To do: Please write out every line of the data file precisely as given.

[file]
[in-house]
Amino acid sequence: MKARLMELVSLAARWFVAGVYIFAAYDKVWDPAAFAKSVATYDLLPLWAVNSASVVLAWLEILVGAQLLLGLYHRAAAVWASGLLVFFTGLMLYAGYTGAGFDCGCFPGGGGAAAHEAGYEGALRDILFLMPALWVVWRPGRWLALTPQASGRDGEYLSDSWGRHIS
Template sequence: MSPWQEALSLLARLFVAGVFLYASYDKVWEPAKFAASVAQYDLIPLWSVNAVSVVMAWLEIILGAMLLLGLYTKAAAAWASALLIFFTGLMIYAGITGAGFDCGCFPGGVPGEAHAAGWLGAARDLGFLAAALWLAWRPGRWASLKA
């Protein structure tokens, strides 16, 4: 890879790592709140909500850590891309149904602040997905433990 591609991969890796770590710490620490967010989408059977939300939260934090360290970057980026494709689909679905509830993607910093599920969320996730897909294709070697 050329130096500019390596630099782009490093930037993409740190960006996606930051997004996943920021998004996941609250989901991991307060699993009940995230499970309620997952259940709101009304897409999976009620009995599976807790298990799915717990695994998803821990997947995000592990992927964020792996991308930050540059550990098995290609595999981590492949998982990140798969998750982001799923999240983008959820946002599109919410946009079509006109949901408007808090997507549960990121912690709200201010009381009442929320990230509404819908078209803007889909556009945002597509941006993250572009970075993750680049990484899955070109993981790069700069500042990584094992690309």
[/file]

[in-house]
Amino acid sequence: MKARLMELVSLAARWFVAGVYIFAAYDKVWDPAAFAKSVATYDLLPLWAVNSASVVLAWLEILVGAQLLLGLYHRAAAVWASGLLVFFTGLMLYAGYTGAGFDCGCFPGGGGAAAHEAGYEGALRDILFLMPALWVVWRPGRWLALTPQASGRDGEYLSDSWGRHIS
Template sequence: MSPWQEALSLLARLFVAGVFLYASYDKVWEPAKFAASVAQYDLIPLWSVNAVSVVMAWLEIILGAMLLLGLYTKAAAAWASALLIFFTGLMIYAGITGAGFDCGCFPGGVPGEAHAAGWLGAARDLGFLAAALWLAWRPGRWASLKA
């Protein structure tokens, strides 16, 4: 890879790592709140909500850590891309149904602040997905433990 591609991969890796770590710490620490967010989408059977939300939260934090360290970057980026494709689909679905509830993607910093599920969320996730897909294709070697 050329130096500019390596630099782009490093930037993409740190960006996606930051997004996943920021998004996941609250989901991991307060699993009940995230499970309620997952259940709101009304897409999976009620009995599976807790298990799915717990695994998803821990997947995000592990992927964020792996991308930050540059550990098995290609595999981590492949998982990140798969998750982001799923999240983008959820946002599109919410946009079509006109949901408007808090997507549960990121912690709200201010009381009442929320990230509404819908078209803007889909556009945002597509941006993250572009970075993750680049990484899955070109993981790069700069500042990584094992690309």